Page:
The Richard Toll Irrigation Scheme is an irrigation project in Senegal. It is located on the Senegal River, about 300 kilometers (190 mi) east of Dakar.

The project was initiated by the French colonial government in 1949 and was completed in 1965. It is the largest irrigation project in Senegal and irrigates over 100,000 hectares (250,000 acres) of land.

The project is used to irrigate rice, sugarcane, and other crops. It has helped to increase agricultural production in Senegal and has provided jobs for thousands of people.

The project has also been criticized for environmental damage. The water from the Senegal River has been diverted to the project, which has reduced the flow of the river and caused problems for downstream communities.


Extensive Cultivation

The Richard-Toll Irrigation Scheme plays a pivotal role in Senegal’s agriculture by enabling the cultivation of a significant land area totaling 12,800 hectares. This extensive cultivation directly contributes to increased agricultural output, addressing food security concerns, and supporting the livelihoods of numerous farmers.

Flood Control through Dam Construction

The construction of a dam as part of the irrigation scheme is crucial for flood control. Senegal is prone to seasonal flooding, which can devastate crops and infrastructure. The dam helps regulate water flow, preventing excessive flooding during heavy rains. This not only safeguards agricultural lands but also protects communities and their infrastructure from the damaging effects of flooding.

All-Year Crop Production

Senegal’s climate features a distinct wet season and a dry season. The provision of irrigation water through the Richard-Toll scheme ensures consistent water supply for crop cultivation throughout the year, overcoming the limitations of solely relying on rainfall. This all-year access to water significantly boosts crop production and contributes to food security by reducing dependency on seasonal rainfall.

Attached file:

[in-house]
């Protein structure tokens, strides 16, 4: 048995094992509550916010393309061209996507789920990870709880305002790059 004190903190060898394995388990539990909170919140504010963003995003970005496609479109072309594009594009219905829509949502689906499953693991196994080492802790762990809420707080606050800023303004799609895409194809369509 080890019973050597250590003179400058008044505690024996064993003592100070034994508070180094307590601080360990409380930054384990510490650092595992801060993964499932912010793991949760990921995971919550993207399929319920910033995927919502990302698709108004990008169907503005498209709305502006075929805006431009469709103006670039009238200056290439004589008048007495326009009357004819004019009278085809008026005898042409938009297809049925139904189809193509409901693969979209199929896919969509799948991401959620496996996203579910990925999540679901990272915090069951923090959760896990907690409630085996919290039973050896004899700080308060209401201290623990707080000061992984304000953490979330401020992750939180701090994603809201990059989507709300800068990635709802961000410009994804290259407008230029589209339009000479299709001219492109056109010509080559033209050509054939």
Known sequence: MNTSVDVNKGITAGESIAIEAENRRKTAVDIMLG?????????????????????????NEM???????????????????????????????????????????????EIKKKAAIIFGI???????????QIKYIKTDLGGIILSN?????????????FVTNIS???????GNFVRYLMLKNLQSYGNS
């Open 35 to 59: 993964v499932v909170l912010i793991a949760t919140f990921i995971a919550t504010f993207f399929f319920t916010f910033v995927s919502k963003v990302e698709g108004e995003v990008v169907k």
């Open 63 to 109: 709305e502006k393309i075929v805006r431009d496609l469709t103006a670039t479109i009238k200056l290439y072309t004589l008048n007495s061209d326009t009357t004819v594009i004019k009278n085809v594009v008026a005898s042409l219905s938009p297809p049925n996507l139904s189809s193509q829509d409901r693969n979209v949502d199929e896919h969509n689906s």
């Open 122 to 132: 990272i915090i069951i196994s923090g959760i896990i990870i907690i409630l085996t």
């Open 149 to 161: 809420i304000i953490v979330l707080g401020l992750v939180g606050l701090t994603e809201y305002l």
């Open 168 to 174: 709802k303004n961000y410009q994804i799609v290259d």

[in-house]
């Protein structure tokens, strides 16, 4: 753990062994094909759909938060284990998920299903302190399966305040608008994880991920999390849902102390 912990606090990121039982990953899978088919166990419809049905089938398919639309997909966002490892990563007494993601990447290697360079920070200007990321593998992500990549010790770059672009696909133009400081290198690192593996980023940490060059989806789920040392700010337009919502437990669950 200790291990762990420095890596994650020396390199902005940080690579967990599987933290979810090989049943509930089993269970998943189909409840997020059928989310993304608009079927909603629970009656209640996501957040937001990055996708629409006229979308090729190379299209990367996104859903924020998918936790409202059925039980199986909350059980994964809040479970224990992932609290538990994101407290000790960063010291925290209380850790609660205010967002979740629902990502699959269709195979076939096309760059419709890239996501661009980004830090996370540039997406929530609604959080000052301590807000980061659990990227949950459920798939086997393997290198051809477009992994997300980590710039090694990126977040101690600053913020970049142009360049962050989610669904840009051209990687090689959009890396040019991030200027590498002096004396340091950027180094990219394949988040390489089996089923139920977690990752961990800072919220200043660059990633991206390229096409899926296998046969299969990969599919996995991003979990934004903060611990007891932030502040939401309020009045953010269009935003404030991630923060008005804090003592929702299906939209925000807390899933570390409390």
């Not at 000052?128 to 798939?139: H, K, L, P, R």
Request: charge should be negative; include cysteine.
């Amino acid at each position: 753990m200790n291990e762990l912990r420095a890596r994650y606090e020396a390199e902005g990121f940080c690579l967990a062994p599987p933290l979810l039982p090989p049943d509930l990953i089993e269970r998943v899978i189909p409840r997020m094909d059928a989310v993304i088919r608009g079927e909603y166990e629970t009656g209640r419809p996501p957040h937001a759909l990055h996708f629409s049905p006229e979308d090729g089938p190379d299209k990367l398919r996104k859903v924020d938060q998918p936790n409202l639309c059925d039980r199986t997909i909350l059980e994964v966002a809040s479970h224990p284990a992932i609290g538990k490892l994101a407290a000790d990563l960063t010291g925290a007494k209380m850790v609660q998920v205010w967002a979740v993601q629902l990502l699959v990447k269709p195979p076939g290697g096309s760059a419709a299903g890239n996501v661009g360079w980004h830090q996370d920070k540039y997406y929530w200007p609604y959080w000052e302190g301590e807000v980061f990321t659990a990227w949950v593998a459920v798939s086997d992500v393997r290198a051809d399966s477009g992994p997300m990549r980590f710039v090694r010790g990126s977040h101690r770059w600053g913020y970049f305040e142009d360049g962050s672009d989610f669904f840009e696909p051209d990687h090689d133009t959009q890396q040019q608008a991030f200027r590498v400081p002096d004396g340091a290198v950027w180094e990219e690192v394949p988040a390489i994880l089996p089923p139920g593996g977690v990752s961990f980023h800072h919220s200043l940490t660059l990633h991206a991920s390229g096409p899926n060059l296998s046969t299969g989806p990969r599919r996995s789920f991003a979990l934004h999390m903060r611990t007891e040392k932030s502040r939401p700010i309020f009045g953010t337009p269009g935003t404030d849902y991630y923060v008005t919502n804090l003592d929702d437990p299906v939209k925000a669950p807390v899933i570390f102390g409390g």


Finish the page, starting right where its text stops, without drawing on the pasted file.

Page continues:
Resettlement and Development

The irrigation scheme has led to the resettlement of people, particularly in the Kaolack area. This not only provides a livelihood for those resettled but also contributes to regional development. New settlements near irrigation facilities can stimulate local economies, improve infrastructure, and lead to social development in previously underserved areas.

Reduced Rice Importation

Before the scheme’s implementation, Senegal faced the challenge of increasing expenditure on rice importation due to insufficient domestic production. The irrigation scheme’s success in diversifying crops and boosting agricultural output, including rice, helps reduce the country’s dependence on imports. This reduction in importation has positive implications for the national economy by conserving foreign exchange and promoting self-sufficiency.

Economic Crop Diversification

The scheme’s impact on diversifying crops is noteworthy. Shifting from a heavy reliance on groundnuts to cultivating a variety of crops such as maize, cassava, and rice enhances the agricultural sector’s resilience. Crop diversification minimizes risks associated with monoculture farming and creates a more balanced and sustainable agricultural landscape.

Job Creation

The Richard-Toll Irrigation Scheme generates significant employment opportunities for Senegalese citizens across various stages of the agricultural cycle. From planting and cultivation to harvesting and marketing, the entire value chain benefits from increased activity. This has a positive impact on rural employment rates and contributes to poverty reduction by providing stable income sources for many families.

1. Income Earning and Improved Standards of Living